Hailing from across the pond (that’d be the UK), Peter serves as Emeritus President of IMMF (International Music Managers’ Forum) — an organization that represents worldwide music managers and their acts. Comprised of fifteen managers’ forums around the world including France, New Zealand, South Africa and Norway, this organization aims to ensure the respect and rights of a global community of managers and talent.
Peter’s story kicks off when he became the 21 year-old Lecturer at the London School of Economics. His four-year stint ended when he resigned to manage a daring young band that had caught his ear. That group was Pink Floyd, who subsequently went into "interstellar overdrive" (that one’s for the fans!). Peter’s voice can even heard on Floyd’s 1967 song “Astronomy Domine” from the classic album Piper at the Gates of Dawn.
It was during this time that Peter and his business partner Andrew King formed Blackhill Enterprises and began putting on free concerts in London’s Hyde Park, which concluded with the famous Rolling Stones appearance in 1969 (the group’s first gig following the death of founding guitarist Brian Jones). From there, Peter went on to manage a long list of successful acts such as The Clash, Ian Dury, Robyn Hitchcock and Baaba Maal. Peter currently represents British folk firebrand Billy Bragg.
Peter is doggedly persistent in his fight for musicians’ rights, and is a true artist champion. He also embraces technological change, particularly when it comes to creators getting paid. He’s been a strong advocate of the “music access charge” — a small fee on consumers’ internet bill that would let them legally obtain music from file-sharing services. (FMC hosted some of the earliest discussions of this idea at our 2004, ‘05 and ‘06 Policy Summits.) Peter’s background in artist rights and representation makes him particularly well-equipped to understand the benefits and challenges of implementing such a plan.
Recently, a proposal was floated by the government of the Isle of Man — a small island in the Irish Sea — to allow the Isle’s 80,000 citizens to download unlimited music from P2P services for a nominal fee from their internet service provider. (The Isle of Man has a forward-looking history when it comes to technology; it was the first place in the world to offer 3G cellular service and broadband is available in every home.)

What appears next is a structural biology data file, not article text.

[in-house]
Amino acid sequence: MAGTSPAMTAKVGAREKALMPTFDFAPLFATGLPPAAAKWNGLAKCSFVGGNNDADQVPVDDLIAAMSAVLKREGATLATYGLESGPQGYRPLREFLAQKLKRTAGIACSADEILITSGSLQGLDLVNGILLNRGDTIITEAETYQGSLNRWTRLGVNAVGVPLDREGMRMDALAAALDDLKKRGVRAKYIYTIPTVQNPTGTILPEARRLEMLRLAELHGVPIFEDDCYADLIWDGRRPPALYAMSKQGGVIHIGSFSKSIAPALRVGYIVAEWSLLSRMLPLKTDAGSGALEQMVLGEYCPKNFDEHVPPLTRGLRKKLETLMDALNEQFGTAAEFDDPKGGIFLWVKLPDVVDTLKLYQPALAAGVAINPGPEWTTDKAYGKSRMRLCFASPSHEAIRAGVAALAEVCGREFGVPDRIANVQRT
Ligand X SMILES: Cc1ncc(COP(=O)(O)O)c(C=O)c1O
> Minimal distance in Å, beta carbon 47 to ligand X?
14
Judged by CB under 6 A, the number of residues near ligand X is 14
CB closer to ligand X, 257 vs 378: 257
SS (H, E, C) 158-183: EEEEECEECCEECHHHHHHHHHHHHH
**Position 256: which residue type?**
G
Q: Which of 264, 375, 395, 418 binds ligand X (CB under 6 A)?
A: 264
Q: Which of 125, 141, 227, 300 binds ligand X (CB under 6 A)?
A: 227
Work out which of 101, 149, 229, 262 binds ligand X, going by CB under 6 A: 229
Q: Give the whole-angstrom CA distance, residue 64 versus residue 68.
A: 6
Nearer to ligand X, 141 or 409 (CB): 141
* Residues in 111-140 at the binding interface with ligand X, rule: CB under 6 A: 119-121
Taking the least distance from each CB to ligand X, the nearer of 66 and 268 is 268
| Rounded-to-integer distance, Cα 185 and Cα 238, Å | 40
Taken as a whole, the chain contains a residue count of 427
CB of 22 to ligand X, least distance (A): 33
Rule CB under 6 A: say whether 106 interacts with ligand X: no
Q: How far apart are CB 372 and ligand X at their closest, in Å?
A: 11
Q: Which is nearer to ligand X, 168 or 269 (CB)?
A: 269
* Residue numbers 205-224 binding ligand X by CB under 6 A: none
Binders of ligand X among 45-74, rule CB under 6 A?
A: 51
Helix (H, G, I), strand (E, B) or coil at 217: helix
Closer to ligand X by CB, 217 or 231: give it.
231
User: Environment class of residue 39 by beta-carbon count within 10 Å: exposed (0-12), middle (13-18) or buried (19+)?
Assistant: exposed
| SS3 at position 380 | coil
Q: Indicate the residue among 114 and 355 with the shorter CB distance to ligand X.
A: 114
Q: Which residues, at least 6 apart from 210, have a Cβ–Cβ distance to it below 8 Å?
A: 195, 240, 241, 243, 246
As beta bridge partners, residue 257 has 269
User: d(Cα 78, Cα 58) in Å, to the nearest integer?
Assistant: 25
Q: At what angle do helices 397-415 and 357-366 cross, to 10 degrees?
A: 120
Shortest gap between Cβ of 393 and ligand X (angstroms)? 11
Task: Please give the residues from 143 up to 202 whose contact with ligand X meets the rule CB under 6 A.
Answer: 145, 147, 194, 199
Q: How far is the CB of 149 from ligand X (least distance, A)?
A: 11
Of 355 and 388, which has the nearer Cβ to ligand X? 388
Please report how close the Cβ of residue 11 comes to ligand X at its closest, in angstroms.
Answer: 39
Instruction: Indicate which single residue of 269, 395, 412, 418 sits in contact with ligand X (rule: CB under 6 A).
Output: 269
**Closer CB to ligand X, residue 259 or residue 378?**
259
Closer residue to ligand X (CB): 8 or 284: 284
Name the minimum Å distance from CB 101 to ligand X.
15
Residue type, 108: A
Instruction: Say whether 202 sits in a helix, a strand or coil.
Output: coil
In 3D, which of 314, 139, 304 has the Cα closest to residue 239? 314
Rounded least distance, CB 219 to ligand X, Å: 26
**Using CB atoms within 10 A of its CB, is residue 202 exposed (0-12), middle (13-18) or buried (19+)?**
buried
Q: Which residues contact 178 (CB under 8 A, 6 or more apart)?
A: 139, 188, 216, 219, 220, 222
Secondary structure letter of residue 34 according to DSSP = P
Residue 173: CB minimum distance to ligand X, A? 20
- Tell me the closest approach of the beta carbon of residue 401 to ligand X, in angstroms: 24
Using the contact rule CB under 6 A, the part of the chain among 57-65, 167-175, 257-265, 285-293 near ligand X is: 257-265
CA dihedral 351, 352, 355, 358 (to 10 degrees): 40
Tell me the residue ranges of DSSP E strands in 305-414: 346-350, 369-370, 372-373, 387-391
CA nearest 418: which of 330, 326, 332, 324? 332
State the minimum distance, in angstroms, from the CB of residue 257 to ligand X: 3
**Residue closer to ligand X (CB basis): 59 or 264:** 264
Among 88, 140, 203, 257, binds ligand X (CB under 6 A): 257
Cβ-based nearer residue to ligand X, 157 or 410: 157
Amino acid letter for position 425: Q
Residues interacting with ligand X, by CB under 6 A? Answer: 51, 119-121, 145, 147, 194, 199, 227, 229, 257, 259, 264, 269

When asked what his role in all of this is, Peter says, “I’m an evil genius. I’m Doctor Strangelove.” (He’s actually a consultant.) Although the music access charge currently faces opposition, Peter believes it might eventually become commonplace. “If it happens, it sets a huge precedent,” he says. “If the sky doesn’t fall in it becomes more and more possible for the record companies to see it as a way to bring in revenue.”
He dismisses claims that an ISP surcharge would set a permanent price for digital music, calling it “absolute f**king nonsense.” (In a British accent, of course.) “By that logic, it means that if you listen to radio you won’t buy another record,” he says. “That’s what they said about cassettes; Disney said it said it about the VCR. It’s probably what the stagecoach companies said when the trains came along. If they’re clever they’ll figure out how to work with the new technology.”
Peter stresses that this structure would not upset existing digital music services and their own artist compensation mechanisms. “This is only an access charge for non-commercial use — commercial services will have to pay extra,” he explains. “The service providers, the ISPs and the music providers should all benefit from developing new services and new commercial services. This should make licensing very much easier; currently there is not a sensible licensing system. The dam is bursting — the industry can’t go on living a fantasy.”
So why the Isle of Man? “Because they wanted to do it,” Peter relates. “They already have a really strong tech infrastructure, and they hope people come in and try new services. They wanted another string to their bow.” (The Isle of Man is well known as a online gambling destination and tax haven.)
Peter will appear on a Policy Day panel called “Fair Trade Music: Toward a Legitimate Digital Music Marketplace” alongside David Beal (President, National Geographic Entertainment), Alec Ounsworth (Clap Your Hands Say Yeah), Justin Oullette (founder of Muxtape) and moderator Derek Sivers (founder, CD Baby). The conversation will focus on how technology is changing the marketplace and the ways to ensure fair compensation to creators.
DC Policy Day
When: Wednesday, February 11, 2009
Time: 9:00 AM — 6:00 PM with cocktail party to follow from 6:00 - 8:00 PM
Where: National Geographic Music and Radio and National Geographic Live!
Registration: $50 through February 9 11:59 pm ET.
Registration with 6.0 CLE credits: $200 through February 9 11:59 pm ET.
Onsite registration and onsite CLE sign-up will also be available.
This event has been approved in Virginia for 6.0 hours of Continuing Legal Education (CLE) credit. Additionally, CLE credits from Virginia can be claimed in the states of New York, California, Delaware (additional fees apply), North Carolina, Pennsylvania (additional fees apply), and West Virginia.
Can’t make it to Washington, DC? This event will be webcast live on February 11.